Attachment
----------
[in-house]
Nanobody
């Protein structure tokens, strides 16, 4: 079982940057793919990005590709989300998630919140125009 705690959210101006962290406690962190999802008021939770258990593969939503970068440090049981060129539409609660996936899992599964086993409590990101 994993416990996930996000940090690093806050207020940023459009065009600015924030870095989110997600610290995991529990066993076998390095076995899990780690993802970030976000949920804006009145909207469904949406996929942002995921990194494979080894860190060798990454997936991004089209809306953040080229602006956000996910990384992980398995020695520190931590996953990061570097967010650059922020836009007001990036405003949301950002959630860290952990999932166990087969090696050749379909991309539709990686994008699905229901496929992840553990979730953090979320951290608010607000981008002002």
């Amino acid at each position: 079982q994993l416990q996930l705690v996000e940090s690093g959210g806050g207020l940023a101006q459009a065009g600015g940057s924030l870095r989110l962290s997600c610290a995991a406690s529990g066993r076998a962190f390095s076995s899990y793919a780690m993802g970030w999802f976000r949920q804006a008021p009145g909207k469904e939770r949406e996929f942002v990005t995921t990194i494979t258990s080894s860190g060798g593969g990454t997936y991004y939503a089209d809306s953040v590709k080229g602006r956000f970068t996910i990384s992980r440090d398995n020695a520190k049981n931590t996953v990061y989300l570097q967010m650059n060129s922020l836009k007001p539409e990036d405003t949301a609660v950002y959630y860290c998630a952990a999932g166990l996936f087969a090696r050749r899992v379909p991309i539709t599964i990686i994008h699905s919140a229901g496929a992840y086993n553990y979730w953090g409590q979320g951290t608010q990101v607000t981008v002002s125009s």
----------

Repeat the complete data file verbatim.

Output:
[in-house]
Nanobody
């Protein structure tokens, strides 16, 4: 079982940057793919990005590709989300998630919140125009 705690959210101006962290406690962190999802008021939770258990593969939503970068440090049981060129539409609660996936899992599964086993409590990101 994993416990996930996000940090690093806050207020940023459009065009600015924030870095989110997600610290995991529990066993076998390095076995899990780690993802970030976000949920804006009145909207469904949406996929942002995921990194494979080894860190060798990454997936991004089209809306953040080229602006956000996910990384992980398995020695520190931590996953990061570097967010650059922020836009007001990036405003949301950002959630860290952990999932166990087969090696050749379909991309539709990686994008699905229901496929992840553990979730953090979320951290608010607000981008002002």
């Amino acid at each position: 079982q994993l416990q996930l705690v996000e940090s690093g959210g806050g207020l940023a101006q459009a065009g600015g940057s924030l870095r989110l962290s997600c610290a995991a406690s529990g066993r076998a962190f390095s076995s899990y793919a780690m993802g970030w999802f976000r949920q804006a008021p009145g909207k469904e939770r949406e996929f942002v990005t995921t990194i494979t258990s080894s860190g060798g593969g990454t997936y991004y939503a089209d809306s953040v590709k080229g602006r956000f970068t996910i990384s992980r440090d398995n020695a520190k049981n931590t996953v990061y989300l570097q967010m650059n060129s922020l836009k007001p539409e990036d405003t949301a609660v950002y959630y860290c998630a952990a999932g166990l996936f087969a090696r050749r899992v379909p991309i539709t599964i990686i994008h699905s919140a229901g496929a992840y086993n553990y979730w953090g409590q979320g951290t608010q990101v607000t981008v002002s125009s």